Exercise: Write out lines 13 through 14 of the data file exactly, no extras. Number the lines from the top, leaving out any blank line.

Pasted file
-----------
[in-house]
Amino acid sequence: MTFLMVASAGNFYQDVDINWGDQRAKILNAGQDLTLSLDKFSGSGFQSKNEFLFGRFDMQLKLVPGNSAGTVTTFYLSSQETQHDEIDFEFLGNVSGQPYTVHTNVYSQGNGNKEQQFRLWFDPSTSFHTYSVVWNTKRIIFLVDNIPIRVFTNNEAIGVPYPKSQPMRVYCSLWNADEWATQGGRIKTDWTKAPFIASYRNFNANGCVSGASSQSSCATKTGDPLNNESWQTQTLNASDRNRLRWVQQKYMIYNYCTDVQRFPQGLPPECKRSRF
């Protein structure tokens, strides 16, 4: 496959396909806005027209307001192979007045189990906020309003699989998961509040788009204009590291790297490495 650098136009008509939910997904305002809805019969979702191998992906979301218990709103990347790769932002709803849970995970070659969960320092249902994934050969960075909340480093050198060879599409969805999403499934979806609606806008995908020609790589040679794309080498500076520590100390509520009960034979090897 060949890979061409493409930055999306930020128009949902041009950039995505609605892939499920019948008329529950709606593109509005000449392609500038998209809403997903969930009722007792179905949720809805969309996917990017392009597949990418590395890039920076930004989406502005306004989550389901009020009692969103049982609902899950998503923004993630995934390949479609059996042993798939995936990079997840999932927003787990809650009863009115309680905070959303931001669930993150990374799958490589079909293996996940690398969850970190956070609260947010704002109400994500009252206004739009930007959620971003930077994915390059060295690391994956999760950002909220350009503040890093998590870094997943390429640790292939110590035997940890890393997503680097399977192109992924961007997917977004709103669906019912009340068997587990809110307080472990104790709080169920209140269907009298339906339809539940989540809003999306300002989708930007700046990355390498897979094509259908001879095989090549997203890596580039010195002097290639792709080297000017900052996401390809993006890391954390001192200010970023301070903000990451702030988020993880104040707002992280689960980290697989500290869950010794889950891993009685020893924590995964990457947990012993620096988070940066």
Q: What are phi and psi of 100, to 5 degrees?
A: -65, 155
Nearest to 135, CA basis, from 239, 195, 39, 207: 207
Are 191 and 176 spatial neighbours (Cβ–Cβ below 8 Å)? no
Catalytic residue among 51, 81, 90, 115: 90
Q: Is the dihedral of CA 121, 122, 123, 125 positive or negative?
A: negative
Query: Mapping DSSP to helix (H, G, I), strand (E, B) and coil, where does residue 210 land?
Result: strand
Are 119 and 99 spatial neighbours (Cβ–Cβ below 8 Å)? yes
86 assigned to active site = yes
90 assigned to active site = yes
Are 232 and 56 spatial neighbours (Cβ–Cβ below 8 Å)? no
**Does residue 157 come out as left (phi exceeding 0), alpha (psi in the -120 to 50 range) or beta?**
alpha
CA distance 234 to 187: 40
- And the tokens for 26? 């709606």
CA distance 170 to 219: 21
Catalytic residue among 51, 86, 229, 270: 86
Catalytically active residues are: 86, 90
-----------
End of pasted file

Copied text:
Are 119 and 99 spatial neighbours (Cβ–Cβ below 8 Å)? yes
86 assigned to active site = yes